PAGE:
You are currently browsing the tag archive for the ‘Nabokov’ tag.

Having entertained, in the last post, the possibility of transformation into a bird, I pass on to an indisputable instance thereof, with scholarly commentary appended.

“Of a man whom nothing could put out of his way, or dérouter in the least,” Harriet Cavendish reports this anecdote to her mother, the Duchess of Devonshire, in 1804.

To try him one night Lord Somebody and a large party at a house in the country made him dead drunk, rubbed him all over with sirrup, rolled him in a feather bed and then hid themselves in his room to watch his recovery. When he woke he walked slowly up to the glass, and, upon beholding himself, quietly said—“A bird, by God,” and went and sat down again.

“I nearly expired when I heard it,” writes Harriet. (The Oxford Book of Humorous Prose, ed. Frank Muir.)

Read the rest of this entry »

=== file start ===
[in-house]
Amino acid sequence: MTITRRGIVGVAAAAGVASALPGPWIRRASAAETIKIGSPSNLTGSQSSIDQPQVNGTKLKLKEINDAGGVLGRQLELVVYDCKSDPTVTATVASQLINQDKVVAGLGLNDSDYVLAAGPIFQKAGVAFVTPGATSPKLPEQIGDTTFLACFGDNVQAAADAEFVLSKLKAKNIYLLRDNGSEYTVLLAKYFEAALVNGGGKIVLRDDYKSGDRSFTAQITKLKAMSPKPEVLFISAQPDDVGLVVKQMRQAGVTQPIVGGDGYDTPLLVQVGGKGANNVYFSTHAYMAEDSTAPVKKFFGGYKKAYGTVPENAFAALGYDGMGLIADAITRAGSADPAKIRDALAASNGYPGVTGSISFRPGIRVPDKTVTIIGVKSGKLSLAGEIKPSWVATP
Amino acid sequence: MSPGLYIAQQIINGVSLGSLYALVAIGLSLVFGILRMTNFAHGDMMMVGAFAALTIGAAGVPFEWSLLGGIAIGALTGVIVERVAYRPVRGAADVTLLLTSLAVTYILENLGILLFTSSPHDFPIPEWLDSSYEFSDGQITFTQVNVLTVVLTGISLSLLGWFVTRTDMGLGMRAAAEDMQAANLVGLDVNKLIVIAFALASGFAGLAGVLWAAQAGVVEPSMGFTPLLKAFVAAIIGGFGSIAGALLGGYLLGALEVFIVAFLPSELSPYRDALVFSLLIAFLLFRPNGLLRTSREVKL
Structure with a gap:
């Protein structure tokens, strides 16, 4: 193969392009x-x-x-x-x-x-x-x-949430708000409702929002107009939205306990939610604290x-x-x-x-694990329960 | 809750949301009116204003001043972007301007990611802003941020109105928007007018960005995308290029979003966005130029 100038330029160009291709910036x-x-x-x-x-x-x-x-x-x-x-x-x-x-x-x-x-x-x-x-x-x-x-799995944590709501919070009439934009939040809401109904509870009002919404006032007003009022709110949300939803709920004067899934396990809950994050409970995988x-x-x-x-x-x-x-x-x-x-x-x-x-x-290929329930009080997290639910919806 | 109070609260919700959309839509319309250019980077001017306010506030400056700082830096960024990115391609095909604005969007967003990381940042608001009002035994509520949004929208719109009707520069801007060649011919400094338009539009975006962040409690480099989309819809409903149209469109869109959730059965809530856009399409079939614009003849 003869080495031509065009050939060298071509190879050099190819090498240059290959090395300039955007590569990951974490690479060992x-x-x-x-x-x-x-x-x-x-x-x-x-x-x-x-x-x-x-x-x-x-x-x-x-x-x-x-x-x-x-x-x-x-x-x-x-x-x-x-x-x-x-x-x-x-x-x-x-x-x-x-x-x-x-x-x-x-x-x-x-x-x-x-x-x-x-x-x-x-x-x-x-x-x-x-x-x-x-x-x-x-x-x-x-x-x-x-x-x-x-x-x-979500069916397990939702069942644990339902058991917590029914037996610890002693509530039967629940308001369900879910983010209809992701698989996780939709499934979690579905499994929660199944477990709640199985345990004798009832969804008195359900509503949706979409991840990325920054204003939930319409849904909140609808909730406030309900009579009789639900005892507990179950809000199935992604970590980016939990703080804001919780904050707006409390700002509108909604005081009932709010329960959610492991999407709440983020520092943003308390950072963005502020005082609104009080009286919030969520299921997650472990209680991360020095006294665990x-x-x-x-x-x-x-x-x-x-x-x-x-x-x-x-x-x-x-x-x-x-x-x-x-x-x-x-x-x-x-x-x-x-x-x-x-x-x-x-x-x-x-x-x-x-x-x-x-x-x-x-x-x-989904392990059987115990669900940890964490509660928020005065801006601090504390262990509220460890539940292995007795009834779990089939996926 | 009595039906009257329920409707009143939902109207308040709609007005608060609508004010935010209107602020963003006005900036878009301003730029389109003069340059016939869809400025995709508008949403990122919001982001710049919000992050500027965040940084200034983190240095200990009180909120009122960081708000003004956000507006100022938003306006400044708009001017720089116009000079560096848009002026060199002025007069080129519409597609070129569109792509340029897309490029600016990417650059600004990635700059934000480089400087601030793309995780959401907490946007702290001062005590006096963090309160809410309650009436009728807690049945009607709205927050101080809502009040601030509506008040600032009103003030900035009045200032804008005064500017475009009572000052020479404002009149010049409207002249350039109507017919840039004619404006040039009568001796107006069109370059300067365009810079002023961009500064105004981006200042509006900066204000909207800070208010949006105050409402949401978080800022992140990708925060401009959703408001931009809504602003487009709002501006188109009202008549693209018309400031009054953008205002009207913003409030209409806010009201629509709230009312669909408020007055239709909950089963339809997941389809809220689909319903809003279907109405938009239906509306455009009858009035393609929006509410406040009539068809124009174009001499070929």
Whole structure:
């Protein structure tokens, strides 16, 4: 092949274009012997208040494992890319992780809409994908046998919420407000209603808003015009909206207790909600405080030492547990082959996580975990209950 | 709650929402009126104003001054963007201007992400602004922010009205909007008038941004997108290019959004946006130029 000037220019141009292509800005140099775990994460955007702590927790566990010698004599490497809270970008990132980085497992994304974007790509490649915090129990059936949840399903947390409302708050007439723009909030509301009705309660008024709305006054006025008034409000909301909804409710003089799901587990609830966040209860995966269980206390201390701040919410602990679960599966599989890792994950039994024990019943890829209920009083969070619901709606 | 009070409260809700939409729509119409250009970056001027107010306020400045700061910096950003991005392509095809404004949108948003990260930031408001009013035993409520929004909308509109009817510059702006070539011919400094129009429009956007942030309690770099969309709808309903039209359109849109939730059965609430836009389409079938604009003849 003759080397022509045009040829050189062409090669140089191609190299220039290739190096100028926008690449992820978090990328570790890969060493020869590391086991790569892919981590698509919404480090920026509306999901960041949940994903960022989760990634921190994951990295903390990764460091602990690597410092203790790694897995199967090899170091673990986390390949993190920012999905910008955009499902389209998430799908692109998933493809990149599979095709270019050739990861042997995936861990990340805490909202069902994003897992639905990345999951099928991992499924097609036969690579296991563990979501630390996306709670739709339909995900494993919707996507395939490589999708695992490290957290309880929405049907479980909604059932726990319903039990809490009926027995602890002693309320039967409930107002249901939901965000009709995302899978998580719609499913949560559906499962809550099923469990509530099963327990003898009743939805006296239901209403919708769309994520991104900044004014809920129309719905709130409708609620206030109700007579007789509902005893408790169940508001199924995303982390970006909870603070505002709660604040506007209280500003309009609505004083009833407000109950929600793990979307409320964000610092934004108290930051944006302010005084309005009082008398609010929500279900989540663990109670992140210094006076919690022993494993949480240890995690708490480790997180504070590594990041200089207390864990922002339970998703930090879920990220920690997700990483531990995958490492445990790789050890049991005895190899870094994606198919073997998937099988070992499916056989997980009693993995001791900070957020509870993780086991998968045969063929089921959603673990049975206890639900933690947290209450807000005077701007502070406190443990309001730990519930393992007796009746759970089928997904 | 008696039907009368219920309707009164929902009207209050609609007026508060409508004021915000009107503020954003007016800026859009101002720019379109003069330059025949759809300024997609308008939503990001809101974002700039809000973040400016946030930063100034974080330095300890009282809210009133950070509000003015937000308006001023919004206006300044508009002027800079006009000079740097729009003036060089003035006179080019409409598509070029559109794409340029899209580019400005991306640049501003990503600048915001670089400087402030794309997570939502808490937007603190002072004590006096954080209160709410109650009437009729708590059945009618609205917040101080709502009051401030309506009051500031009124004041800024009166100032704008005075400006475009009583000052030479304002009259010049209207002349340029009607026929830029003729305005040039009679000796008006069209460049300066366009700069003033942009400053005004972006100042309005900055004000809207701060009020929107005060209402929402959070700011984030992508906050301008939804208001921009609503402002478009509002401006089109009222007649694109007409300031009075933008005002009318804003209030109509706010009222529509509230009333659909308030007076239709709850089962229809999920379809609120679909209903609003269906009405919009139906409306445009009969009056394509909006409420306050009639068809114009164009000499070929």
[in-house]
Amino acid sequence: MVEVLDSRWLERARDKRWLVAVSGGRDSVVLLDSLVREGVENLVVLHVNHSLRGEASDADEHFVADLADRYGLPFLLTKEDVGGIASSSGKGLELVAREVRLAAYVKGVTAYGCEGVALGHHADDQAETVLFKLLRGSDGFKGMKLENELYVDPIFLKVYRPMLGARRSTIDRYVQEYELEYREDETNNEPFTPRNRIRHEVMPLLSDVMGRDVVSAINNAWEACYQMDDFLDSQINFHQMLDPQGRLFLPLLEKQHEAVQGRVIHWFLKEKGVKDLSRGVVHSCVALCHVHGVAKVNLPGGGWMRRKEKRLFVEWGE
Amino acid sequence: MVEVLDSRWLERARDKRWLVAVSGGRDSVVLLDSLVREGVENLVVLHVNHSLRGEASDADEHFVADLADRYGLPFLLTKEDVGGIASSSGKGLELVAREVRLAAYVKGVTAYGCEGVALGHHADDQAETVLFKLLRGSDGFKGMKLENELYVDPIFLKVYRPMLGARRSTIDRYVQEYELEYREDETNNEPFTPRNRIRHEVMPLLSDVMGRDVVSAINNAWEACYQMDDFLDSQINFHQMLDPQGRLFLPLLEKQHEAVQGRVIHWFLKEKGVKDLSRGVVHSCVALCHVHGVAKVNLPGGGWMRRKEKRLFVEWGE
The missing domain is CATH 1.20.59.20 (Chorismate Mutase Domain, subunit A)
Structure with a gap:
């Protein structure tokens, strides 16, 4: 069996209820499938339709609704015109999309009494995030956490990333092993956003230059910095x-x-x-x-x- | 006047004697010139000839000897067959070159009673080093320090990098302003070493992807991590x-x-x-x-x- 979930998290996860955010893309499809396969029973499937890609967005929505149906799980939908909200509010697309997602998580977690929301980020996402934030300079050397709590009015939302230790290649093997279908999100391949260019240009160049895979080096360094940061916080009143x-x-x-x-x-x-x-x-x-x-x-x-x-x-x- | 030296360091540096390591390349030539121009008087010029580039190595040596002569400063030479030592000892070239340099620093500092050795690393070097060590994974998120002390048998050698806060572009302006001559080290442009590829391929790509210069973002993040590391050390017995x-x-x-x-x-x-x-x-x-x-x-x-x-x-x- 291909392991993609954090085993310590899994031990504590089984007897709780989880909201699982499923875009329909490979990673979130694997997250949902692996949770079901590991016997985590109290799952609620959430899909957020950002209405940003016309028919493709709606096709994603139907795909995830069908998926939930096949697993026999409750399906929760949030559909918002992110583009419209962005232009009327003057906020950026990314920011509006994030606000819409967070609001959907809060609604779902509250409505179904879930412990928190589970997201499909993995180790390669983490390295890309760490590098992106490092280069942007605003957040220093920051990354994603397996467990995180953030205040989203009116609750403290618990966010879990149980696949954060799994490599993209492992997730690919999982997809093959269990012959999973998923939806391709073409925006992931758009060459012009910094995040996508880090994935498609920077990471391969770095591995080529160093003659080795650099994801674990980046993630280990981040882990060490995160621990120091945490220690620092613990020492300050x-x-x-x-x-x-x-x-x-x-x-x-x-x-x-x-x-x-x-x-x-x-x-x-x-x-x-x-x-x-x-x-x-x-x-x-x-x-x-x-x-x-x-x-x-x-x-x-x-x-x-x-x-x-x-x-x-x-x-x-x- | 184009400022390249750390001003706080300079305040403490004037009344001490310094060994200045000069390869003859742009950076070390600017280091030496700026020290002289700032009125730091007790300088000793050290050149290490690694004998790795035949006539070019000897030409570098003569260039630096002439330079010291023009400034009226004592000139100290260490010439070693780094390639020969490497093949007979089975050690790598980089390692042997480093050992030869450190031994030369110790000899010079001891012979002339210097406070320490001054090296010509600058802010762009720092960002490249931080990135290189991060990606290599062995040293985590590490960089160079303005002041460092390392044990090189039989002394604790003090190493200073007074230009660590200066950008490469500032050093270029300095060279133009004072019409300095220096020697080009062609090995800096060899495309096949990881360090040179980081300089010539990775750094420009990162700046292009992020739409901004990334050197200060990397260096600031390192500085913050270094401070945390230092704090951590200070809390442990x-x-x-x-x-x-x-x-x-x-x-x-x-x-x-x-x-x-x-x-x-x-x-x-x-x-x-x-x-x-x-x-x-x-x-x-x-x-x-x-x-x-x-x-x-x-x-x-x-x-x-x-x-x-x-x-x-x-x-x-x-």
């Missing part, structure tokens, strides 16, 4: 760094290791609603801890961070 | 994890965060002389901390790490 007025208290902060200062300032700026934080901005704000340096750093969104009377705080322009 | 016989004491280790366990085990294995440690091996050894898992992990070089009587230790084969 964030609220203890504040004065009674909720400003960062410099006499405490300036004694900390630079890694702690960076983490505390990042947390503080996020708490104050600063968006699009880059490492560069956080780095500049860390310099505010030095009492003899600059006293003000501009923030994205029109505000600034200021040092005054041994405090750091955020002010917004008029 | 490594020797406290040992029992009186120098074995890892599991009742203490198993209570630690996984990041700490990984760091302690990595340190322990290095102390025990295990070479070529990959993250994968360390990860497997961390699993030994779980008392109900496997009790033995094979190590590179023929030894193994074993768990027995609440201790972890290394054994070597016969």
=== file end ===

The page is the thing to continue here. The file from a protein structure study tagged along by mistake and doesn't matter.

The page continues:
The name “stream of consciousness” was devised by William James; the thing itself is no doubt as old as the conscious brain. How and when did it achieve literary representation? Vladimir Nabokov claims that this “method of expression … a kind of record of a character’s mind running on and on, switching from one image or idea to another without any comment or explanation on the part of the author,” was invented by Tolstoy for the occasion of Anna Karenina’s last afternoon. There the device is in “rudimentary form,” whereas James Joyce will advance it “to an extreme stage of objective record” (Lectures on Russian Literature). But do we regard it as essential that the artist present the stream as inward? There seems no good reason to, since however disorderly the phenomenon inadequately called a “stream” may be, its presentation has in any case the linearity of speech. Abandoning this requirement, we can easily discover the “record of a mind” before Tolstoy. Dickens has it in Nicholas Nickleby.